Walmart’s South China Perishable Distribution Center. [Photo provided to chinadaily.com.cn]
Global retail giants like Walmart, Starbucks, Nestle and Fonterra are scaling up their investments in China to cash in on the strong rebound in the country’s consumption sector with the steady recovery from the novel coronavirus outbreak, industry experts said on Thursday.
Earlier this month, US retailer Walmart Inc said it will invest 3 billion yuan ($424.5 million) in Wuhan, Hubei province, to open four Sam’s Clubs, 15 hypermarkets and more community stores over the next five years. The firm said it was planning to open more than 500 new stores and depots(smaller warehouses) in China during the next five to seven years and revamp 200 existing stores in three years.
Sam’s Club, the high-end membership store of Walmart, is expected to open a flagship store in Shanghai, its third in the city, by 2021. The outlet, spreading over 70,000 square meters, will be the largest single floor outlet operated by Sam’s Club in China and will be primarily a shopping and entertainment destination offering priority item selections and rich shopping experiences.
Andrew Miles, president of Sam’s Club China, said the outlets are “a testimony of the company’s commitment to its members and China”.
Coffee chain Starbucks China said on March 13 that it will invest $130 million to set up a new roasting facility in China by 2022, as part of its new Coffee Innovation Park, to further strengthen its footprint in Asia.
It will be Starbucks’ largest roasting capacity outside of the United States and includes a roasting plant, warehouse and distribution center. Currently, Starbucks operates six other roasting facilities－one in Amsterdam to support European markets, and five in the US.
“The Supply Innovation Park will be a blueprint for the future of coffee roasting and the supply chain. It will propel China’s coffee industry to a whole new altitude, while opening Starbucks’ next growth chapter in China,” said Belinda Wong, chairman and chief executive officer of Starbucks China.
Global food and beverage giant Nestle in January signed an agreement with Laixi municipal government for building an infant and toddler food plant as well as a dairy supply production center in the city, which is close to Qingdao, Shandong province.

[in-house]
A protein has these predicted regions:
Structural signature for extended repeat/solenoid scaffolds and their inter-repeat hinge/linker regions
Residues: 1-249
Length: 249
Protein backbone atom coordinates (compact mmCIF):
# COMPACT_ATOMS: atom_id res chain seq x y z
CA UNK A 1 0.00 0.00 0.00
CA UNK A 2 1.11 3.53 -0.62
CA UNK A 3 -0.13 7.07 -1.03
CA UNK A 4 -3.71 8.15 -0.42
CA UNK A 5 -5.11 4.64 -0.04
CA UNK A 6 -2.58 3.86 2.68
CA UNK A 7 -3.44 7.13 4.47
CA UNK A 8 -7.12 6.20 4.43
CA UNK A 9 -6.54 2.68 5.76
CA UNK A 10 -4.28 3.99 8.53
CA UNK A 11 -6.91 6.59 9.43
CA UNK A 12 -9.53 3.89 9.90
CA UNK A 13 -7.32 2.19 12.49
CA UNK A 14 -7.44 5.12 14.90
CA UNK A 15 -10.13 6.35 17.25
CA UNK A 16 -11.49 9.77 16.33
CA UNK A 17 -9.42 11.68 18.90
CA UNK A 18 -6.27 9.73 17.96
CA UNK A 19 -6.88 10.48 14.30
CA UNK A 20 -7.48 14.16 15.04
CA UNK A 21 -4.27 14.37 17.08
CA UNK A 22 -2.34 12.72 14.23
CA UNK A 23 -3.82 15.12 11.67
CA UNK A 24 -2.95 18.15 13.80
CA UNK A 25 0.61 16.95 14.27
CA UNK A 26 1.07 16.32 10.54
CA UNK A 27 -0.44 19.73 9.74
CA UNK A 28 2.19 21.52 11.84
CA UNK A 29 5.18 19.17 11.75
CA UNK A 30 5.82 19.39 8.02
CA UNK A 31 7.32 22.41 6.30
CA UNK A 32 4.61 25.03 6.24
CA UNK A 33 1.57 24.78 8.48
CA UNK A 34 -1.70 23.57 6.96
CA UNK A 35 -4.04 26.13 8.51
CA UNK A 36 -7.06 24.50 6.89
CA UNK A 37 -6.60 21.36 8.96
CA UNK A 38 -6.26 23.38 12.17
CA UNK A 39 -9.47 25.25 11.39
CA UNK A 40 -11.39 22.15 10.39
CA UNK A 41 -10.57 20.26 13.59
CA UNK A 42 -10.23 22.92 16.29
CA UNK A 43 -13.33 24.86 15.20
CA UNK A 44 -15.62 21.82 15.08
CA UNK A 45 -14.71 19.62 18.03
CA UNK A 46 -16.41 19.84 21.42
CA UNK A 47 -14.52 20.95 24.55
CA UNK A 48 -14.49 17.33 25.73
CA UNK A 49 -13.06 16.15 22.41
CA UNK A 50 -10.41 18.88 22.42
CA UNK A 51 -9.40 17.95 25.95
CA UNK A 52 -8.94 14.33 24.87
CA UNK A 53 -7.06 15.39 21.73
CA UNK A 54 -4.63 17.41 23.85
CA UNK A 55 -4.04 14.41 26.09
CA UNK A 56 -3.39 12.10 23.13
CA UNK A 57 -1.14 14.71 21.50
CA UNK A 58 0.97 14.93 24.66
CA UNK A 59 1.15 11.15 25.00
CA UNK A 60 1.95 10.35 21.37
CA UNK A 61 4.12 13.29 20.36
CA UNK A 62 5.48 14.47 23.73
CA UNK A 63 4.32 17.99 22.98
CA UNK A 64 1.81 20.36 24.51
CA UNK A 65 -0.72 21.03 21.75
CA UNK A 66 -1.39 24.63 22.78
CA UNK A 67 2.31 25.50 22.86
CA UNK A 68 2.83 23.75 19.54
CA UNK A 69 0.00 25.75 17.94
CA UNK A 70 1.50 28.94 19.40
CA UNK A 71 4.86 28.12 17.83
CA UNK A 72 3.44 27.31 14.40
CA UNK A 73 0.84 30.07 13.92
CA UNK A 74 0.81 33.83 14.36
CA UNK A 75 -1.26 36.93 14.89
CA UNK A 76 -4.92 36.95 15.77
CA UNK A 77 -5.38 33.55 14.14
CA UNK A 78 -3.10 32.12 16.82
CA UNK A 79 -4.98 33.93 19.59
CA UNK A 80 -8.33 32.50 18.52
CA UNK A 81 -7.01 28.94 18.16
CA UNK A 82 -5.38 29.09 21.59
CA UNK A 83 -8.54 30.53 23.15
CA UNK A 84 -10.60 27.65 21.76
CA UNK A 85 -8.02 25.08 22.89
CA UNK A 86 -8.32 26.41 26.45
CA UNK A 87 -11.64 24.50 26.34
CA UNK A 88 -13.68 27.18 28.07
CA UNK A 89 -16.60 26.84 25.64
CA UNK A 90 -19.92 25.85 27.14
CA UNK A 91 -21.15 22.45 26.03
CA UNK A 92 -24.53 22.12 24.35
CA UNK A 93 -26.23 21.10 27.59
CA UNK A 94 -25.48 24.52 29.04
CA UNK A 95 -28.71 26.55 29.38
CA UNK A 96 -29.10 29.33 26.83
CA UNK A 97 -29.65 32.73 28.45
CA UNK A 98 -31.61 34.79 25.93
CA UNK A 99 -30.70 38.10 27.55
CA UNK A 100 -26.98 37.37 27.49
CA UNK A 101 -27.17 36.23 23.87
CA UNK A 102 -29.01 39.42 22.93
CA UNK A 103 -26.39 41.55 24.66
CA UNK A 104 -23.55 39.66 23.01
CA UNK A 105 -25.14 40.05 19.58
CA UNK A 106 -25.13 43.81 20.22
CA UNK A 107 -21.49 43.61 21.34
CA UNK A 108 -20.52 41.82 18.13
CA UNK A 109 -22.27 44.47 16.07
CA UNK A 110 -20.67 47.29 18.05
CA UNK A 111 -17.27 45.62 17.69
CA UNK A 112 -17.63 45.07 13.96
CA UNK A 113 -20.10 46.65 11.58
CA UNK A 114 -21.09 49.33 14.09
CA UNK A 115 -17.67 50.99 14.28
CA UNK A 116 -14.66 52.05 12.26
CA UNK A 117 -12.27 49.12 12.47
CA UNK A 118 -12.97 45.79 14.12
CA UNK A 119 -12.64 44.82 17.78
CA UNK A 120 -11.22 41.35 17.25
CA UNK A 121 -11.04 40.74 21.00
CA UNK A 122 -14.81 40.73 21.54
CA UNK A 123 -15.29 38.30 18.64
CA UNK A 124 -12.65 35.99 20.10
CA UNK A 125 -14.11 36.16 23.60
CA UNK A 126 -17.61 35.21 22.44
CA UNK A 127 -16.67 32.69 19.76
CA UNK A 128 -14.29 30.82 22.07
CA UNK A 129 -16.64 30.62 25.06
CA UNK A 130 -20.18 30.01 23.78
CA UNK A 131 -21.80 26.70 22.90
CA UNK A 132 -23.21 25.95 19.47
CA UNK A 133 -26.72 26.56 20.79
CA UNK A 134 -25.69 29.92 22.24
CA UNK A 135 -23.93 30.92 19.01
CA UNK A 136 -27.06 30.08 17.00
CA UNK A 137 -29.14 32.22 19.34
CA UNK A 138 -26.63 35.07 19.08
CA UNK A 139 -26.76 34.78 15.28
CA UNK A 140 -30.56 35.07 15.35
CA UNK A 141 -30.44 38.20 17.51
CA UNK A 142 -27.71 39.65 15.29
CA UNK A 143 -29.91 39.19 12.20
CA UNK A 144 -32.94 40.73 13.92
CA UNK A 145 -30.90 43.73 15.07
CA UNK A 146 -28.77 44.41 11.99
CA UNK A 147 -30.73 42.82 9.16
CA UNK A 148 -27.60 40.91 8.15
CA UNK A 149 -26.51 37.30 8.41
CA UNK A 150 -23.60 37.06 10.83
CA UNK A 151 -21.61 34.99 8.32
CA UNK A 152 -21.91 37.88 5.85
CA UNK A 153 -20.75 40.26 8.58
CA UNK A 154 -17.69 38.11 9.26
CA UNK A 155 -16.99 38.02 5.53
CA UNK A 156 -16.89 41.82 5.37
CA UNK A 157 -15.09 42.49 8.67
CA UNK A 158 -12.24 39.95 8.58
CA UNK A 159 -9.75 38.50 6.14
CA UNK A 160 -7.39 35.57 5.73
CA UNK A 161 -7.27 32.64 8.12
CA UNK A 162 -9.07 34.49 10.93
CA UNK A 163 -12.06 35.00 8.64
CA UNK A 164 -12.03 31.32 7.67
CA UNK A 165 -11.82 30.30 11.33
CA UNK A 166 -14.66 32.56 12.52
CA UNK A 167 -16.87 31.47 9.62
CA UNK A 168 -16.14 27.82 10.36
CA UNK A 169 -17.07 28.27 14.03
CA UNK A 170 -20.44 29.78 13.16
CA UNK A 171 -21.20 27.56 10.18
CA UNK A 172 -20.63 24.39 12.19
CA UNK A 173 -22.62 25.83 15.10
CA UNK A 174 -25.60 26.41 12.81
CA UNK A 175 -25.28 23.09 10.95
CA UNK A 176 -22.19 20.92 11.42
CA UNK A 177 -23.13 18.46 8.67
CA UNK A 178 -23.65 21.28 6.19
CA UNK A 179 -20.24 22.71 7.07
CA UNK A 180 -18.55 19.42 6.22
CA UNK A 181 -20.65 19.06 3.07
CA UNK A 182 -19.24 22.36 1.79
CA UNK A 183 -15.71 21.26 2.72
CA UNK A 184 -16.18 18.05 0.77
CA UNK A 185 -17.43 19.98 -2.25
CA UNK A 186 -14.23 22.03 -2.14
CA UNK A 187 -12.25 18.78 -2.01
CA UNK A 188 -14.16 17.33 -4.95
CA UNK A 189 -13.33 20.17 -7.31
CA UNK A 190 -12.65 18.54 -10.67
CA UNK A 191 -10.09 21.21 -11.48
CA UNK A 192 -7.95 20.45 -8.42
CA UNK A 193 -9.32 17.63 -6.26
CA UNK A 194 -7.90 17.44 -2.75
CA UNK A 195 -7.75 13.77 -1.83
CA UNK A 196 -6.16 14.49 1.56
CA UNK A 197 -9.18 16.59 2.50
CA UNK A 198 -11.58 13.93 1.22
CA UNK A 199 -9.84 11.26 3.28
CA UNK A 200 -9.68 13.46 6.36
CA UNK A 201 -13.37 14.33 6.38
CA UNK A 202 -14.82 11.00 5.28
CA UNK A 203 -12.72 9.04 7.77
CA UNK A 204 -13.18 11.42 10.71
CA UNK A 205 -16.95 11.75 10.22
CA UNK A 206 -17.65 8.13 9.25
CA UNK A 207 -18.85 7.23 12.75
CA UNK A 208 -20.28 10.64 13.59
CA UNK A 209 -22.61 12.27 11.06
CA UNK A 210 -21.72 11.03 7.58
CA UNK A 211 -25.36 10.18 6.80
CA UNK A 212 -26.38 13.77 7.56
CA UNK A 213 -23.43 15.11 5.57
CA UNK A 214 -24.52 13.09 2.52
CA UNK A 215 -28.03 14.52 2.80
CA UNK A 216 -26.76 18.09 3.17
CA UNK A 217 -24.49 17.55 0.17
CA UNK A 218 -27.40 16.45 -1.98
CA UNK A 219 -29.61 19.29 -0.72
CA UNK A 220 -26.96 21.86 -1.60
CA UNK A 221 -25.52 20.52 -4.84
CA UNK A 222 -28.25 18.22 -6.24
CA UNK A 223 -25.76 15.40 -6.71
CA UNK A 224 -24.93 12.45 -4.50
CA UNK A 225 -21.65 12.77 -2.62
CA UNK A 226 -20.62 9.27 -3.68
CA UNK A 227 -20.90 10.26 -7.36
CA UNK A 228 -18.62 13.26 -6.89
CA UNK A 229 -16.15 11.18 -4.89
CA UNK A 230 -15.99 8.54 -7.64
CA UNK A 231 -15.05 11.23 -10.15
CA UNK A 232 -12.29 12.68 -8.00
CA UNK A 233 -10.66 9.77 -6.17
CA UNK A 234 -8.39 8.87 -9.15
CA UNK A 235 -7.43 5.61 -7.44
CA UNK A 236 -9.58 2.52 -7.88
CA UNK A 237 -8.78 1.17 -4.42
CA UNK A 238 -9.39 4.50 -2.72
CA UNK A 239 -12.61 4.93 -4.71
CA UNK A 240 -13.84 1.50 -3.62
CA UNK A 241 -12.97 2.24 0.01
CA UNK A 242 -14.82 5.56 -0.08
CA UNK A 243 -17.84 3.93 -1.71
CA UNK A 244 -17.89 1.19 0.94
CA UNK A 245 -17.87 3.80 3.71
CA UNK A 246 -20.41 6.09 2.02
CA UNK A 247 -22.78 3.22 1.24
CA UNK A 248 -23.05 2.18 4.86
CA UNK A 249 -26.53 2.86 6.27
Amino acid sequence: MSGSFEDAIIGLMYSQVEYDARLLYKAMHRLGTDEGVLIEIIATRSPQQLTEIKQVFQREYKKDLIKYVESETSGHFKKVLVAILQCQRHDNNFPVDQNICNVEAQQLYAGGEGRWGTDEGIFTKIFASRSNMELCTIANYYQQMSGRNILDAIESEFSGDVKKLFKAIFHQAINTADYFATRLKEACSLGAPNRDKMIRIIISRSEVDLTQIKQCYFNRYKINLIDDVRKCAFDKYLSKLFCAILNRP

The project, under the company’s Gerber brand, will produce about 1,000 metric tons of baby food in fruit and vegetable flavors by March 2021. It will be the only factory producing Gerber branded baby food in Asia, Africa and Oceania.
Fonterra, the world leading dairy producer and exporter, has already identified China as a major consumption and innovation market and a key to the global supply chain.
“The Chinese economy, in the long term, will continue to be promising and we are confident of the great potential from the Chinese market,” said Teh-han Chow, CEO of Fonterra China (interim).
The company is also going to launch a research and development center in Shanghai with a local partner this month. It will also develop 36 new products covering seven dairy sectors from August this year. Fonterra’s fifth application center is expected to come up next year in Wuhan to better serve customers and clients in Central and East China.
Jason Yu, general manager of Kantar Worldpanel China, said with the epidemic under better control in the country, the consumption markets are poised for recovery.
“Our data show that during the first quarter of this year, young consumers and residents in lower tier cities are more willing to spend and not too worried by the downturn in consumption due to the COVID-19 epidemic,” Yu said.
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